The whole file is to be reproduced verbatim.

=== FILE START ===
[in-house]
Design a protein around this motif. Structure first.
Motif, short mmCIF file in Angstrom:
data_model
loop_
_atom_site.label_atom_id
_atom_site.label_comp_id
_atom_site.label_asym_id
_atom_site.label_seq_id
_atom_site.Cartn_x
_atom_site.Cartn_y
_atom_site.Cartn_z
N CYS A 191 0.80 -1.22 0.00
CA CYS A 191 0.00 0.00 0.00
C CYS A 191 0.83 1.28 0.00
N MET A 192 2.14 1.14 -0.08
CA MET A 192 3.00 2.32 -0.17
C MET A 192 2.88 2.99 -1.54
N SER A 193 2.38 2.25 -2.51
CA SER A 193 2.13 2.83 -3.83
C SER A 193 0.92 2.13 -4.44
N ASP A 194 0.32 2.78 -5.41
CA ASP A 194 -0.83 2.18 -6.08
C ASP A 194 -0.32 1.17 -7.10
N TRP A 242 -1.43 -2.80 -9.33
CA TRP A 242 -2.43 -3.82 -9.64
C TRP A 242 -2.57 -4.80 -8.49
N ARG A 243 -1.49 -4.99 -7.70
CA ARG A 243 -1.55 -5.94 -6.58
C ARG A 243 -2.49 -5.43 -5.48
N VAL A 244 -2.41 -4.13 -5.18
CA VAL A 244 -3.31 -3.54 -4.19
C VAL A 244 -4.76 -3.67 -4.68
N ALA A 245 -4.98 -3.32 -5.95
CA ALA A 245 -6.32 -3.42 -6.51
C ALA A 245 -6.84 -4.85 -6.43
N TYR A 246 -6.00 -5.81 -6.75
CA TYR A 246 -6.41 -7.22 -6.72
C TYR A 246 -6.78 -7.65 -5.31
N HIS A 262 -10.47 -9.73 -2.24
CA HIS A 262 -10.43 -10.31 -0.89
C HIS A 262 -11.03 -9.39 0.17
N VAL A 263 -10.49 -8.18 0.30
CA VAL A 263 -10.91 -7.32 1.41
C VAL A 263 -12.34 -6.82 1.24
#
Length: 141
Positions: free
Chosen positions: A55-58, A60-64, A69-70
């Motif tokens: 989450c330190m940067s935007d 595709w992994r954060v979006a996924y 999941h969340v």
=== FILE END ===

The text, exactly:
[in-house]
Design a protein around this motif. Structure first.
Motif, short mmCIF file in Angstrom:
data_model
loop_
_atom_site.label_atom_id
_atom_site.label_comp_id
_atom_site.label_asym_id
_atom_site.label_seq_id
_atom_site.Cartn_x
_atom_site.Cartn_y
_atom_site.Cartn_z
N CYS A 191 0.80 -1.22 0.00
CA CYS A 191 0.00 0.00 0.00
C CYS A 191 0.83 1.28 0.00
N MET A 192 2.14 1.14 -0.08
CA MET A 192 3.00 2.32 -0.17
C MET A 192 2.88 2.99 -1.54
N SER A 193 2.38 2.25 -2.51
CA SER A 193 2.13 2.83 -3.83
C SER A 193 0.92 2.13 -4.44
N ASP A 194 0.32 2.78 -5.41
CA ASP A 194 -0.83 2.18 -6.08
C ASP A 194 -0.32 1.17 -7.10
N TRP A 242 -1.43 -2.80 -9.33
CA TRP A 242 -2.43 -3.82 -9.64
C TRP A 242 -2.57 -4.80 -8.49
N ARG A 243 -1.49 -4.99 -7.70
CA ARG A 243 -1.55 -5.94 -6.58
C ARG A 243 -2.49 -5.43 -5.48
N VAL A 244 -2.41 -4.13 -5.18
CA VAL A 244 -3.31 -3.54 -4.19
C VAL A 244 -4.76 -3.67 -4.68
N ALA A 245 -4.98 -3.32 -5.95
CA ALA A 245 -6.32 -3.42 -6.51
C ALA A 245 -6.84 -4.85 -6.43
N TYR A 246 -6.00 -5.81 -6.75
CA TYR A 246 -6.41 -7.22 -6.72
C TYR A 246 -6.78 -7.65 -5.31
N HIS A 262 -10.47 -9.73 -2.24
CA HIS A 262 -10.43 -10.31 -0.89
C HIS A 262 -11.03 -9.39 0.17
N VAL A 263 -10.49 -8.18 0.30
CA VAL A 263 -10.91 -7.32 1.41
C VAL A 263 -12.34 -6.82 1.24
#
Length: 141
Positions: free
Chosen positions: A55-58, A60-64, A69-70
């Motif tokens: 989450c330190m940067s935007d 595709w992994r954060v979006a996924y 999941h969340v």